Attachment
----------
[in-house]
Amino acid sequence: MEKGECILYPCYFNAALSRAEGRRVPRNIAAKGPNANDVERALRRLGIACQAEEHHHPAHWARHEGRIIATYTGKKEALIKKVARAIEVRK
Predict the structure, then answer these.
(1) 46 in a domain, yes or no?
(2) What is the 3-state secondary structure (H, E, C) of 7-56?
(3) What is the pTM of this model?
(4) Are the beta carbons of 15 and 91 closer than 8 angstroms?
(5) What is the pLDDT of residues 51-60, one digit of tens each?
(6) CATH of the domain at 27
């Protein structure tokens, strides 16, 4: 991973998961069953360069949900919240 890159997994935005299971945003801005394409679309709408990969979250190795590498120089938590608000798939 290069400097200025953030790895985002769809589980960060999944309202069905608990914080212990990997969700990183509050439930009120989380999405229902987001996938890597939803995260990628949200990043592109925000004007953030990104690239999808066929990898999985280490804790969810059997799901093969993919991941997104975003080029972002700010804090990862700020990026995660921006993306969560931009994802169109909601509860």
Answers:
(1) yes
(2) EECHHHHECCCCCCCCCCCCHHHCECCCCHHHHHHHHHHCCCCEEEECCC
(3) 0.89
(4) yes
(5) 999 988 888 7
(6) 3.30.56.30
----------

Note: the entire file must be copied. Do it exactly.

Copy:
[in-house]
Amino acid sequence: MEKGECILYPCYFNAALSRAEGRRVPRNIAAKGPNANDVERALRRLGIACQAEEHHHPAHWARHEGRIIATYTGKKEALIKKVARAIEVRK
Predict the structure, then answer these.
(1) 46 in a domain, yes or no?
(2) What is the 3-state secondary structure (H, E, C) of 7-56?
(3) What is the pTM of this model?
(4) Are the beta carbons of 15 and 91 closer than 8 angstroms?
(5) What is the pLDDT of residues 51-60, one digit of tens each?
(6) CATH of the domain at 27
């Protein structure tokens, strides 16, 4: 991973998961069953360069949900919240 890159997994935005299971945003801005394409679309709408990969979250190795590498120089938590608000798939 290069400097200025953030790895985002769809589980960060999944309202069905608990914080212990990997969700990183509050439930009120989380999405229902987001996938890597939803995260990628949200990043592109925000004007953030990104690239999808066929990898999985280490804790969810059997799901093969993919991941997104975003080029972002700010804090990862700020990026995660921006993306969560931009994802169109909601509860």
Answers:
(1) yes
(2) EECHHHHECCCCCCCCCCCCHHHCECCCCHHHHHHHHHHCCCCEEEECCC
(3) 0.89
(4) yes
(5) 999 988 888 7
(6) 3.30.56.30